Next Steps for Citibank

But there was still a lot of work to be done.  Citibank still had regulatory approvals to obtain, and a lot was riding on this for South Dakota.  Citibank had assured Janklow it would hire a minimum of 300–500 South Dakota workers, but with the potential for significantly more if the Federal Reserve would approve moving the entire credit card operation to South Dakota.  Neither commitment was in writing though — it was all based on a handshake.

Complicating things was the fact that some members of Citibank’s board were not thrilled with the idea that they would be moving this massive operation and many jobs to South Dakota in the midst of a national recession.  They were taking a lot of heat from the public and the New York media.  So Governor Janklow had to continue to give this a lot of attention, so much that the Citibank board began to refer to him as the Director Emeritus.

The New York Times seemed shocked that Citibank would actually go through with this.  Here’s what the Times reported on June 29, 1980:

“It sounded like saber rattling, but Citibank really means it:  It has signed a one-year lease for three floors of the . . . Western Bank building . . . in downtown Sioux Falls . . . that will serve as a temporary base of operation . . . [and] is negotiating the purchase of 10 acres . . . where it plans to build its permanent headquarters. . ..  And Richard D. McCrossen, the newly-appointed head of the operation expects to close on the purchase of a home in nearby Brandon next month.”

The New York Legislature’s resolve began to weaken when Citibank announced it was leaving, and on November 24, 1980, it enacted a moratorium on its usury limit.  But of course by then it was too late.  On February 19, 1981, Citibank (South Dakota), N.A. received its charter from the Comptroller of the Currency, and officially opened for business.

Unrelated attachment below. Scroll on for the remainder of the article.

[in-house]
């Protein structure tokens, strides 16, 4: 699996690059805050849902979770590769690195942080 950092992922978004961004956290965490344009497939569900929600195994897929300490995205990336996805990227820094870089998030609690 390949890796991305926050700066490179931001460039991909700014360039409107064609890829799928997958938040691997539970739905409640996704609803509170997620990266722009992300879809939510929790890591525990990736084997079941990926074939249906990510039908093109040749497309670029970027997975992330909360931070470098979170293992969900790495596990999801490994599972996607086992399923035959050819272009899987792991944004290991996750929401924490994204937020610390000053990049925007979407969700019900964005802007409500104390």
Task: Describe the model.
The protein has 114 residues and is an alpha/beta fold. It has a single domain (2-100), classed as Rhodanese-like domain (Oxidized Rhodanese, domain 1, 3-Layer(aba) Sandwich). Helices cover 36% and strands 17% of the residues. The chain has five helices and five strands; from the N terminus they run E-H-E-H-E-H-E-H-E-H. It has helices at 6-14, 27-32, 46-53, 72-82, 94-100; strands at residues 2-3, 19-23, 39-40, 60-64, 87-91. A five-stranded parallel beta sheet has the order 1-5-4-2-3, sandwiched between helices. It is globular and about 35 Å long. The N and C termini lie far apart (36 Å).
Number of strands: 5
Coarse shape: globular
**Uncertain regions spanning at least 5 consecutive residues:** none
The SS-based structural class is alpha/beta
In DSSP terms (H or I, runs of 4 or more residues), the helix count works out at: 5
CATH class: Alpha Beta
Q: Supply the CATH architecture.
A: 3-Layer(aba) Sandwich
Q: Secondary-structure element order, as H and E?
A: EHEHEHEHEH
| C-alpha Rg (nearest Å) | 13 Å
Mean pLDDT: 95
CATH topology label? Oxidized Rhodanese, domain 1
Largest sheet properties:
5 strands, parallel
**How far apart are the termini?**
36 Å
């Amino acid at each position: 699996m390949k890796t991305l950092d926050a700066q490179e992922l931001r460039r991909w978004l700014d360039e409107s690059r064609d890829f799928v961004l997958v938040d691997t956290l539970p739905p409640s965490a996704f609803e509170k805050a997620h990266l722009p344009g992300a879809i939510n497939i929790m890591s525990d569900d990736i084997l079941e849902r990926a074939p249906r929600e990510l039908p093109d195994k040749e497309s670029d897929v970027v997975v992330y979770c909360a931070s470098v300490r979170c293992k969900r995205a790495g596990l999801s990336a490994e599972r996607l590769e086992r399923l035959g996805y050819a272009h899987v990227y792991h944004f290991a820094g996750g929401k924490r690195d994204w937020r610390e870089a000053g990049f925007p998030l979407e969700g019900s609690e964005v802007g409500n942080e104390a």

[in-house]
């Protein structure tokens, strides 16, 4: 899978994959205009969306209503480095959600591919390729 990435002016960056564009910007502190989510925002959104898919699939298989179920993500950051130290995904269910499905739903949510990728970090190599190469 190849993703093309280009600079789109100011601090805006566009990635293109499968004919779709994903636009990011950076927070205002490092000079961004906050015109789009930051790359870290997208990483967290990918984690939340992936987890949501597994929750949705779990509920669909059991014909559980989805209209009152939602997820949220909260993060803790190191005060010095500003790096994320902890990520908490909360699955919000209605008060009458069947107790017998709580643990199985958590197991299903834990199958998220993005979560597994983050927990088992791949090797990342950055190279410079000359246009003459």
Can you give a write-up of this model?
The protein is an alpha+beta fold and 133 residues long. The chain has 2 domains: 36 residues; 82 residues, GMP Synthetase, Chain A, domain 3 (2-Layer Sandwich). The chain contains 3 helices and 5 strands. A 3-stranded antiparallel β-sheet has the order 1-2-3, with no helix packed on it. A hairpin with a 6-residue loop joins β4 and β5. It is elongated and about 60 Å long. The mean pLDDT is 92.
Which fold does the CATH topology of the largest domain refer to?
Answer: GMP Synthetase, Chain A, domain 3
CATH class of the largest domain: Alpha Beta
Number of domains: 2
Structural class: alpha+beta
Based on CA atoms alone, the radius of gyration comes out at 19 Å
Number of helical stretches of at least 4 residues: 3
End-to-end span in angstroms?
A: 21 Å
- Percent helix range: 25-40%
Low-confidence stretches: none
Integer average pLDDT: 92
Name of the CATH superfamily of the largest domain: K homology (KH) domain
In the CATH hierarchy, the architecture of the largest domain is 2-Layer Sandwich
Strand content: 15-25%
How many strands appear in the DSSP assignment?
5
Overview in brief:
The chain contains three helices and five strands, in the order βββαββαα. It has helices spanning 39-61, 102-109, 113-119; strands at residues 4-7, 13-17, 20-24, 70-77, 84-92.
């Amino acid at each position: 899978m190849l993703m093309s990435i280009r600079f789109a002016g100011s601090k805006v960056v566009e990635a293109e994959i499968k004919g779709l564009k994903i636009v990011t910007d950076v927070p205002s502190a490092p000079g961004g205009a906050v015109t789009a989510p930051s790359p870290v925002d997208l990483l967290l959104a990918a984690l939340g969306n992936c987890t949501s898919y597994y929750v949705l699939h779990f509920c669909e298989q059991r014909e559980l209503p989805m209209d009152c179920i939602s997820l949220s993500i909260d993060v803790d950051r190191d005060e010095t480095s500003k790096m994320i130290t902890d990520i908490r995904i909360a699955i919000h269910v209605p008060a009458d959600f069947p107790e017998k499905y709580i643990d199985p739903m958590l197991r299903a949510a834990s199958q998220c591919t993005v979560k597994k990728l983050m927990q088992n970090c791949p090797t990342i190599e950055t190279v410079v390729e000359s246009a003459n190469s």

Richard D. McCrossen 

The day the Citibank bill passed, Charlie Long called Richard McCrossen (the man who would become Citibank South Dakota’s first President and CEO) and blurted out “Dick, you’re going to love South Dakota,” and hung up.  I’ve wondered if that was a prediction or an order.

McCrossen got Citibank off to a great start as he led the organization’s move here, and built the operation into the most profitable part of Citibank’s business.  He was a politically astute businessman, an engaging and charming New Yorker, and someone who was determined to make Citibank work for South Dakota as well as South Dakota did for Citibank.  It was evident from the community involvement of the entire Citibank South Dakota executive team that this was a commitment they all shared, and it became a permanent part of the corporate culture of the Sioux Falls bank.